On Apr. 30, the Islamic State’s propagandists released one of their typically gruesome set of photos. The victim in this stylized killing was a soldier for Bashar al-Assad’s regime in southern Damascus, where the two sides have clashed for years. The Sunni jihadists attached an explosive-laden helmet to the soldier’s head, hung him upside down and then dropped him to his death. They expended a lot of resources to kill just one man, but it was intended to send a message: The Islamic State was not going to leave the neighborhoods in southern Damascus without a fight. In the days since then, the self-declared caliphate has advertised similar slayings — beheading and shooting Assad’s fighters captured in the area just outside the heart of Syria’s capital. The killings are just part of the Islamic State’s overall propaganda effort tied to the war in southern Damascus.
In mid-April, the Assad regime began a new offensive intended to push Abu Bakr al-Baghdadi’s loyalists out of southern Damascus. The regime has cut deals with other insurgents, but an Islamic State contingent is determined to fight to the death.
The Syrian government’s propaganda arm and pro-Assad sites have promoted their own media coverage from the battle. On May 3, for example, Al Masdar reported that the “Syrian Arab Army (SAA) and their Palestinian allies split the terrorist group’s large pocket.” Al Masdar, which backs Assad, claimed that the SAA was “advancing at the southeastern and western axes of Hajar Al-Aswad, along with the western axis of the Yarmouk Camp.” Similarly, social media sites associated with Hezbollah, the Iranian-backed terrorist group, posted maps trumpeting the SAA’s purported gains.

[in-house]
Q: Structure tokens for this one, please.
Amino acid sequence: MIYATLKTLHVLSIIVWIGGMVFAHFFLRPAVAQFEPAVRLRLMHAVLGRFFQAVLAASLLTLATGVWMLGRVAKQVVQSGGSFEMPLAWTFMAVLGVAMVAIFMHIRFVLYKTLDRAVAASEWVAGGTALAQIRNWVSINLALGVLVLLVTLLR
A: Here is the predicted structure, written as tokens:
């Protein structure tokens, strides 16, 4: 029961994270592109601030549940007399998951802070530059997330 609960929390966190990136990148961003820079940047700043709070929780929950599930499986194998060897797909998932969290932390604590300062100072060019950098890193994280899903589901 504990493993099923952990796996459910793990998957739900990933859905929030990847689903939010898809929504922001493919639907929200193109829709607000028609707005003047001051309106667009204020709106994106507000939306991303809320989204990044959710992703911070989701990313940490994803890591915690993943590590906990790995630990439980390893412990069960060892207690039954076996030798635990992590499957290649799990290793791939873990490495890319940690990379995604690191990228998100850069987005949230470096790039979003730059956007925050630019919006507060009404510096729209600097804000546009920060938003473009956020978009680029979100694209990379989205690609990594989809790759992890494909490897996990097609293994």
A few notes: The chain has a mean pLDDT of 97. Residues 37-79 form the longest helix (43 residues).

However, if the Islamic State’s reports are generally accurate, then the SAA has suffered significant casualties while advancing through the neighborhoods. The 130th issue of the group’s An Naba newsletter, which was published online in early May, claimed that the SAA had suffered “huge losses” during the second week of the battle for southern Damascus. An Naba’s cover and an article on the fighting were accompanied by pictures of the corpses of several decapitated Syrian soldiers.
Since the Assad regime offensive in southern Damascus began on Apr. 19, the Islamic State has issued dozens of statements. FDD’s Long War Journal has tallied its claims. In total, Baghdadi’s jihadists allege that they have killed more than 400 SAA soldiers. Of course, it is impossible to independently verify this figure. It is possible that the Islamic State is exaggerating the efficacy of its operations to boost fighter morale. Only some of the Assad regime’s casualties were documented with photos of the dead, or pictures of their identity cards.